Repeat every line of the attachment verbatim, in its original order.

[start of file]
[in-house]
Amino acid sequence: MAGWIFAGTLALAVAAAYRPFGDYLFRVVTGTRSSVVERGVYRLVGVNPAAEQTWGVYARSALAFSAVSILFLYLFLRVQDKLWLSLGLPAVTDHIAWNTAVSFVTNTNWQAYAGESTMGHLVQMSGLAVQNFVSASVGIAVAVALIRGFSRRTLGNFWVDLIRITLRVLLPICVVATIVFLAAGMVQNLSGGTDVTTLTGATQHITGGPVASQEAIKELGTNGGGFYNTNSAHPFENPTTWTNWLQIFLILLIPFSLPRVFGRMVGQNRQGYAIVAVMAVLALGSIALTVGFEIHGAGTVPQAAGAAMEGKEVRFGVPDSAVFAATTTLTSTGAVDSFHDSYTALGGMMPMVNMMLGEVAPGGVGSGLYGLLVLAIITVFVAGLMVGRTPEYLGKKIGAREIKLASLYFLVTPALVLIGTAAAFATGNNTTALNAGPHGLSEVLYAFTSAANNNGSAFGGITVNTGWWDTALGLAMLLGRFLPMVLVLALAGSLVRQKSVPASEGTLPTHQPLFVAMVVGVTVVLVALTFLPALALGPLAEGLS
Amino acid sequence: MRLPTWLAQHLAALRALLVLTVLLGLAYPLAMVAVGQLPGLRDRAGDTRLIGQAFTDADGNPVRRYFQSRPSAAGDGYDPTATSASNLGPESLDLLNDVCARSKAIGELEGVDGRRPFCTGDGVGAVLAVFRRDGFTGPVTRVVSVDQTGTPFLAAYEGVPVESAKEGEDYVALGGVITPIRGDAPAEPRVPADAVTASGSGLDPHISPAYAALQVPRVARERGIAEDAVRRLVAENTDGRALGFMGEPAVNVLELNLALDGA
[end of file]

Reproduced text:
[in-house]
Amino acid sequence: MAGWIFAGTLALAVAAAYRPFGDYLFRVVTGTRSSVVERGVYRLVGVNPAAEQTWGVYARSALAFSAVSILFLYLFLRVQDKLWLSLGLPAVTDHIAWNTAVSFVTNTNWQAYAGESTMGHLVQMSGLAVQNFVSASVGIAVAVALIRGFSRRTLGNFWVDLIRITLRVLLPICVVATIVFLAAGMVQNLSGGTDVTTLTGATQHITGGPVASQEAIKELGTNGGGFYNTNSAHPFENPTTWTNWLQIFLILLIPFSLPRVFGRMVGQNRQGYAIVAVMAVLALGSIALTVGFEIHGAGTVPQAAGAAMEGKEVRFGVPDSAVFAATTTLTSTGAVDSFHDSYTALGGMMPMVNMMLGEVAPGGVGSGLYGLLVLAIITVFVAGLMVGRTPEYLGKKIGAREIKLASLYFLVTPALVLIGTAAAFATGNNTTALNAGPHGLSEVLYAFTSAANNNGSAFGGITVNTGWWDTALGLAMLLGRFLPMVLVLALAGSLVRQKSVPASEGTLPTHQPLFVAMVVGVTVVLVALTFLPALALGPLAEGLS
Amino acid sequence: MRLPTWLAQHLAALRALLVLTVLLGLAYPLAMVAVGQLPGLRDRAGDTRLIGQAFTDADGNPVRRYFQSRPSAAGDGYDPTATSASNLGPESLDLLNDVCARSKAIGELEGVDGRRPFCTGDGVGAVLAVFRRDGFTGPVTRVVSVDQTGTPFLAAYEGVPVESAKEGEDYVALGGVITPIRGDAPAEPRVPADAVTASGSGLDPHISPAYAALQVPRVARERGIAEDAVRRLVAENTDGRALGFMGEPAVNVLELNLALDGA